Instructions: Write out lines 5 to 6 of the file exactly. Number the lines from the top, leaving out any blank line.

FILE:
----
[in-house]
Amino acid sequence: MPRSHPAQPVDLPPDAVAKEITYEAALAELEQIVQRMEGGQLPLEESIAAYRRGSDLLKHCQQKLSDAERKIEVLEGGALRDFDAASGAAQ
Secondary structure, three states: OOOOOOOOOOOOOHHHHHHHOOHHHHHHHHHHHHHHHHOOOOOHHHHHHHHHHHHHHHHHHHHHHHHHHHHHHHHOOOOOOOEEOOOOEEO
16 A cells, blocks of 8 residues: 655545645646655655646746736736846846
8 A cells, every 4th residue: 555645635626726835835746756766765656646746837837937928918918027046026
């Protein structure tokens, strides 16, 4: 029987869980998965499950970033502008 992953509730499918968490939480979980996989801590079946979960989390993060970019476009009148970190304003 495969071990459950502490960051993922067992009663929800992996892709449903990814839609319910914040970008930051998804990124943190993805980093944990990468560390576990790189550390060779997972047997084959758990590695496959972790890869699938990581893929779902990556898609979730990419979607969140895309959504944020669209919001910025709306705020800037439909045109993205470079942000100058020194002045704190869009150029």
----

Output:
8 A cells, every 4th residue: 555645635626726835835746756766765656646746837837937928918918027046026
């Protein structure tokens, strides 16, 4: 029987869980998965499950970033502008 992953509730499918968490939480979980996989801590079946979960989390993060970019476009009148970190304003 495969071990459950502490960051993922067992009663929800992996892709449903990814839609319910914040970008930051998804990124943190993805980093944990990468560390576990790189550390060779997972047997084959758990590695496959972790890869699938990581893929779902990556898609979730990419979607969140895309959504944020669209919001910025709306705020800037439909045109993205470079942000100058020194002045704190869009150029």